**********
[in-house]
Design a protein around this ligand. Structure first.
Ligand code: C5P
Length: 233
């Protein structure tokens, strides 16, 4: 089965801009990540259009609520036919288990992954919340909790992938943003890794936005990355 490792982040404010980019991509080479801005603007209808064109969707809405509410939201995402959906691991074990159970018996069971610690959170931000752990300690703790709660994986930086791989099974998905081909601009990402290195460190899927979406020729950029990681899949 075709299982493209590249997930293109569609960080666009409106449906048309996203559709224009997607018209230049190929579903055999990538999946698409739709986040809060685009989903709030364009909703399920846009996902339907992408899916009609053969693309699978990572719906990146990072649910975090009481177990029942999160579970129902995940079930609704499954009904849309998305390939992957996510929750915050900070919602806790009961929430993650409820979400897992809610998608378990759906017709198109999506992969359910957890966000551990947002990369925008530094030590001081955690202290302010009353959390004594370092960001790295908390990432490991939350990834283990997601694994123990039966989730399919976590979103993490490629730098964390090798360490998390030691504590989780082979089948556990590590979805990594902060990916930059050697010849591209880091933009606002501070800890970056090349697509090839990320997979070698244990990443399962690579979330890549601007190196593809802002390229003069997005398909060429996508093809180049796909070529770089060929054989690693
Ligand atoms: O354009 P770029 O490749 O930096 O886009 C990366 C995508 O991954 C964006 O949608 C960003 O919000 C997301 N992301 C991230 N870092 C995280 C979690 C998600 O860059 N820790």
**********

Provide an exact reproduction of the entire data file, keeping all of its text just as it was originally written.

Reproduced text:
[in-house]
Design a protein around this ligand. Structure first.
Ligand code: C5P
Length: 233
């Protein structure tokens, strides 16, 4: 089965801009990540259009609520036919288990992954919340909790992938943003890794936005990355 490792982040404010980019991509080479801005603007209808064109969707809405509410939201995402959906691991074990159970018996069971610690959170931000752990300690703790709660994986930086791989099974998905081909601009990402290195460190899927979406020729950029990681899949 075709299982493209590249997930293109569609960080666009409106449906048309996203559709224009997607018209230049190929579903055999990538999946698409739709986040809060685009989903709030364009909703399920846009996902339907992408899916009609053969693309699978990572719906990146990072649910975090009481177990029942999160579970129902995940079930609704499954009904849309998305390939992957996510929750915050900070919602806790009961929430993650409820979400897992809610998608378990759906017709198109999506992969359910957890966000551990947002990369925008530094030590001081955690202290302010009353959390004594370092960001790295908390990432490991939350990834283990997601694994123990039966989730399919976590979103993490490629730098964390090798360490998390030691504590989780082979089948556990590590979805990594902060990916930059050697010849591209880091933009606002501070800890970056090349697509090839990320997979070698244990990443399962690579979330890549601007190196593809802002390229003069997005398909060429996508093809180049796909070529770089060929054989690693
Ligand atoms: O354009 P770029 O490749 O930096 O886009 C990366 C995508 O991954 C964006 O949608 C960003 O919000 C997301 N992301 C991230 N870092 C995280 C979690 C998600 O860059 N820790």